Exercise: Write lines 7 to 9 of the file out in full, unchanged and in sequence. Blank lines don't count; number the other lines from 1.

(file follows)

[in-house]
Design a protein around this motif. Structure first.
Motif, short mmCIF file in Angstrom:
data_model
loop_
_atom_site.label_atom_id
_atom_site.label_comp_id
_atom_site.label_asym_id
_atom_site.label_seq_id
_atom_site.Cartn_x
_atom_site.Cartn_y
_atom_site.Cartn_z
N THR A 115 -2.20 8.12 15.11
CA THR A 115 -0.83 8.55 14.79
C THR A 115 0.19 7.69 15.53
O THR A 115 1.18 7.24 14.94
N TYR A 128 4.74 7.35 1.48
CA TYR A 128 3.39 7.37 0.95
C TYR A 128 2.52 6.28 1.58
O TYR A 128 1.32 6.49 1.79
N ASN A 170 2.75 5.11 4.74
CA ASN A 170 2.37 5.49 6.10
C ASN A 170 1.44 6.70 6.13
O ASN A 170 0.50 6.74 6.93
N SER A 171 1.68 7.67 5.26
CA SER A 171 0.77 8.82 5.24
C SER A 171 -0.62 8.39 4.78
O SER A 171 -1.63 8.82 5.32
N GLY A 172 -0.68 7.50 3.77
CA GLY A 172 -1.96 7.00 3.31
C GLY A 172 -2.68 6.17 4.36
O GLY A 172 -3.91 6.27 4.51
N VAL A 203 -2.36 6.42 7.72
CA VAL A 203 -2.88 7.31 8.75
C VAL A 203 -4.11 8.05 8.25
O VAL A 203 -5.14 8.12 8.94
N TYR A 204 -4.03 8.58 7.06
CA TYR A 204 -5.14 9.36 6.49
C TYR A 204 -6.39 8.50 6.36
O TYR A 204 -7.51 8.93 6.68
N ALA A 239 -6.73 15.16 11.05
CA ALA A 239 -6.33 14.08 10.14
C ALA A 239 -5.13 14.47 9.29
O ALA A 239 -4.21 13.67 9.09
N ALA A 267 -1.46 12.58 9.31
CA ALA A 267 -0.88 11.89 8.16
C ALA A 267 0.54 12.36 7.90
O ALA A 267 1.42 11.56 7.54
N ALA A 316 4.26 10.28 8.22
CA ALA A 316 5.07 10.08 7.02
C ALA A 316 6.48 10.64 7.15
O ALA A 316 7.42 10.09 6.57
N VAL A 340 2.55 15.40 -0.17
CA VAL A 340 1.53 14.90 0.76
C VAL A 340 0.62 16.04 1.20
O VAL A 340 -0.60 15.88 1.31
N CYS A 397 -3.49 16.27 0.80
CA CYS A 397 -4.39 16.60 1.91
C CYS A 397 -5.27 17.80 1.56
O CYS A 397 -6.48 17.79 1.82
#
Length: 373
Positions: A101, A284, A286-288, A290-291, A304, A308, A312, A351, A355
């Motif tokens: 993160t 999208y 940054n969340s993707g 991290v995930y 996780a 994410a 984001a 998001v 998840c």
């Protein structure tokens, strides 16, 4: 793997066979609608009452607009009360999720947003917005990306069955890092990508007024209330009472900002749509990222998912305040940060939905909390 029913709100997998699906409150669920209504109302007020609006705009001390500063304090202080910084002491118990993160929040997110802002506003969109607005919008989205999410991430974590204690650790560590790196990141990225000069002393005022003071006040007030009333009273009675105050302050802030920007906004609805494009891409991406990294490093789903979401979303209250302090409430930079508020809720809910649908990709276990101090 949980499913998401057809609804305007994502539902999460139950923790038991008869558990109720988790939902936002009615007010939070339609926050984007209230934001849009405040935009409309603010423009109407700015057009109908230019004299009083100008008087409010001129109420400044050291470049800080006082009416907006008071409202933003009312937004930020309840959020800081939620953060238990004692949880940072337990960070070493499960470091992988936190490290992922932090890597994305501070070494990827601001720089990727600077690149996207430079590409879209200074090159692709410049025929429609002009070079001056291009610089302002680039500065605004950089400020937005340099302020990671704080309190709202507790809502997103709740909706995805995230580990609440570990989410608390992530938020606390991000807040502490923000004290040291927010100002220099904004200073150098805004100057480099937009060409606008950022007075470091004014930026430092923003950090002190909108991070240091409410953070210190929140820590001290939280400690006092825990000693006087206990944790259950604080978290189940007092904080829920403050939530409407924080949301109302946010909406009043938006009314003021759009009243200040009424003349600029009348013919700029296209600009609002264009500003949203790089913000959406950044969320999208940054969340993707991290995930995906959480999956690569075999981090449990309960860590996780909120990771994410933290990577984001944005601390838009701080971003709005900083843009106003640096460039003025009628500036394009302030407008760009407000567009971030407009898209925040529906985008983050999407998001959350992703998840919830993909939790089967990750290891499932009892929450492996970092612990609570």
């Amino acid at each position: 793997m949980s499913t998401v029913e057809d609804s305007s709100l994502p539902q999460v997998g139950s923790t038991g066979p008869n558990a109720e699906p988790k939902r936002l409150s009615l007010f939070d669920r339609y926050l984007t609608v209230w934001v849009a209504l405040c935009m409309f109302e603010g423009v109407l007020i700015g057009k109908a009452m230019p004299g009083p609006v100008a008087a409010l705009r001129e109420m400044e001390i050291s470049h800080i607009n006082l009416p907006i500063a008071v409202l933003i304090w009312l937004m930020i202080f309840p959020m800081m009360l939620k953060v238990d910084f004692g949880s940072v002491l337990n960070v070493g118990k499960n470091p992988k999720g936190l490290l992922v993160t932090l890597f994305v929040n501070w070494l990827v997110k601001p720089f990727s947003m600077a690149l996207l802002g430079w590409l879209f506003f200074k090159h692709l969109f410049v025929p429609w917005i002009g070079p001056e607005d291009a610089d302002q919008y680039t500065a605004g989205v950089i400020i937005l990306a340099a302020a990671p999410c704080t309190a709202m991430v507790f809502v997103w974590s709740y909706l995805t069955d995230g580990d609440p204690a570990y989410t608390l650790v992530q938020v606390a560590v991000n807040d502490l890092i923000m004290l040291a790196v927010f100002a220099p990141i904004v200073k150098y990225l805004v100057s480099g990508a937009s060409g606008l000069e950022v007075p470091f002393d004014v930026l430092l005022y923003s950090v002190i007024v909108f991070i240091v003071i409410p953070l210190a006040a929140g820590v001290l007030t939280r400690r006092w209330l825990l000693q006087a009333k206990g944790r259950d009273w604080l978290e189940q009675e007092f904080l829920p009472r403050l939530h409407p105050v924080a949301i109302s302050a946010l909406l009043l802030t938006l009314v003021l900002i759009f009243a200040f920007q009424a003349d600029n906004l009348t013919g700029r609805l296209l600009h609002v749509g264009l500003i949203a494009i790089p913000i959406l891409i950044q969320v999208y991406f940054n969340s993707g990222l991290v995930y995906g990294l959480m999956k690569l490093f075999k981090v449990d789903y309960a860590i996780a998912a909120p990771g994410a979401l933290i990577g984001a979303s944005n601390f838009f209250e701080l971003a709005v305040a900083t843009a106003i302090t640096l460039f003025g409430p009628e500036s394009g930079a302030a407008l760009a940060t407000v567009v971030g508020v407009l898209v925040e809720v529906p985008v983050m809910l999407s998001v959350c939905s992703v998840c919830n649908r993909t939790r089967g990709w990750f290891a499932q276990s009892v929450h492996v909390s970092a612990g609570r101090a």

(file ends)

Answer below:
_atom_site.label_comp_id
_atom_site.label_asym_id
_atom_site.label_seq_id